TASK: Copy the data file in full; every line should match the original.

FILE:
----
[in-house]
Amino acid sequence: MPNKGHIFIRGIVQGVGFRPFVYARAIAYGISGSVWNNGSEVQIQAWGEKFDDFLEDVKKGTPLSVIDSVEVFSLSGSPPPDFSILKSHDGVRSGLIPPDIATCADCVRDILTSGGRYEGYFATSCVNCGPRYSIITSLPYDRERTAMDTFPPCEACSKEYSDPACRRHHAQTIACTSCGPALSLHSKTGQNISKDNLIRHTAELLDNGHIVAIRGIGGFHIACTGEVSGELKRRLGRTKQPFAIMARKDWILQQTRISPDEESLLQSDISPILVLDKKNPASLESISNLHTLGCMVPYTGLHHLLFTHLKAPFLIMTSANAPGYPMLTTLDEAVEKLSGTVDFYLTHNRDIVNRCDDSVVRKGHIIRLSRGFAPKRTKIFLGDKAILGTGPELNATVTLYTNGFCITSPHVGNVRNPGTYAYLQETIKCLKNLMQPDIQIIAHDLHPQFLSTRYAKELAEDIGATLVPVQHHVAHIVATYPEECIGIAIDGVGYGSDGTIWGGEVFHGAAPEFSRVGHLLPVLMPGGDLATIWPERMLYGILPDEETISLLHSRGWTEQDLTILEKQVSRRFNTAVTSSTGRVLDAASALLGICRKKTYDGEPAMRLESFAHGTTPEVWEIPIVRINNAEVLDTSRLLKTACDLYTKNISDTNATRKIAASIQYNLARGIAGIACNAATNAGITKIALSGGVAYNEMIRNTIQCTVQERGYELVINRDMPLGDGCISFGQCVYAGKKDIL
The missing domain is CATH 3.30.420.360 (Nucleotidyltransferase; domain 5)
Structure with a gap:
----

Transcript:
[in-house]
Amino acid sequence: MPNKGHIFIRGIVQGVGFRPFVYARAIAYGISGSVWNNGSEVQIQAWGEKFDDFLEDVKKGTPLSVIDSVEVFSLSGSPPPDFSILKSHDGVRSGLIPPDIATCADCVRDILTSGGRYEGYFATSCVNCGPRYSIITSLPYDRERTAMDTFPPCEACSKEYSDPACRRHHAQTIACTSCGPALSLHSKTGQNISKDNLIRHTAELLDNGHIVAIRGIGGFHIACTGEVSGELKRRLGRTKQPFAIMARKDWILQQTRISPDEESLLQSDISPILVLDKKNPASLESISNLHTLGCMVPYTGLHHLLFTHLKAPFLIMTSANAPGYPMLTTLDEAVEKLSGTVDFYLTHNRDIVNRCDDSVVRKGHIIRLSRGFAPKRTKIFLGDKAILGTGPELNATVTLYTNGFCITSPHVGNVRNPGTYAYLQETIKCLKNLMQPDIQIIAHDLHPQFLSTRYAKELAEDIGATLVPVQHHVAHIVATYPEECIGIAIDGVGYGSDGTIWGGEVFHGAAPEFSRVGHLLPVLMPGGDLATIWPERMLYGILPDEETISLLHSRGWTEQDLTILEKQVSRRFNTAVTSSTGRVLDAASALLGICRKKTYDGEPAMRLESFAHGTTPEVWEIPIVRINNAEVLDTSRLLKTACDLYTKNISDTNATRKIAASIQYNLARGIAGIACNAATNAGITKIALSGGVAYNEMIRNTIQCTVQERGYELVINRDMPLGDGCISFGQCVYAGKKDIL
The missing domain is CATH 3.30.420.360 (Nucleotidyltransferase; domain 5)
Structure with a gap: